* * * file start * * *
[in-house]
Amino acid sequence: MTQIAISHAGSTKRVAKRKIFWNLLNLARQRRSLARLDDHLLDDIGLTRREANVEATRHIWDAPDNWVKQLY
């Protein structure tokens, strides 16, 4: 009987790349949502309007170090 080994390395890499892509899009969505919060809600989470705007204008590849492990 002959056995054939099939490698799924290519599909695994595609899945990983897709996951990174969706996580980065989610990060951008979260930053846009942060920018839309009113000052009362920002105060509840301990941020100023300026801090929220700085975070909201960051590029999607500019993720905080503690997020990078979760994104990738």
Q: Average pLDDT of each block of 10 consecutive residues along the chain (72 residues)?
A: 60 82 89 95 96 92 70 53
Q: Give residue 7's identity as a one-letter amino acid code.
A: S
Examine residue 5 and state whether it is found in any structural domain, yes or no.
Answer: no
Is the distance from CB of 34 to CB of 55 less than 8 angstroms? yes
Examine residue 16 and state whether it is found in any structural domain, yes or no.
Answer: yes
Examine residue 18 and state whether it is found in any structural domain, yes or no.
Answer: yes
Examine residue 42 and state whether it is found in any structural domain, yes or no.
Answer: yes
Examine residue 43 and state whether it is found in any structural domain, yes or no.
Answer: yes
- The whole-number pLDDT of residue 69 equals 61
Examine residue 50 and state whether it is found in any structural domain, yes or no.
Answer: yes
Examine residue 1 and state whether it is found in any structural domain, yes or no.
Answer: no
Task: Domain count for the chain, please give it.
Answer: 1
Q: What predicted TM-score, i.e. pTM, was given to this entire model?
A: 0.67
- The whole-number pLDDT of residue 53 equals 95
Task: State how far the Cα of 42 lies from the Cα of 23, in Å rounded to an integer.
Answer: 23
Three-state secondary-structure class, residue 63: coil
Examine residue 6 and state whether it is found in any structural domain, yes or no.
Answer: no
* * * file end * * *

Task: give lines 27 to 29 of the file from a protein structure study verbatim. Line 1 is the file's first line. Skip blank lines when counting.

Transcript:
A: 0.67
- The whole-number pLDDT of residue 53 equals 95
Task: State how far the Cα of 42 lies from the Cα of 23, in Å rounded to an integer.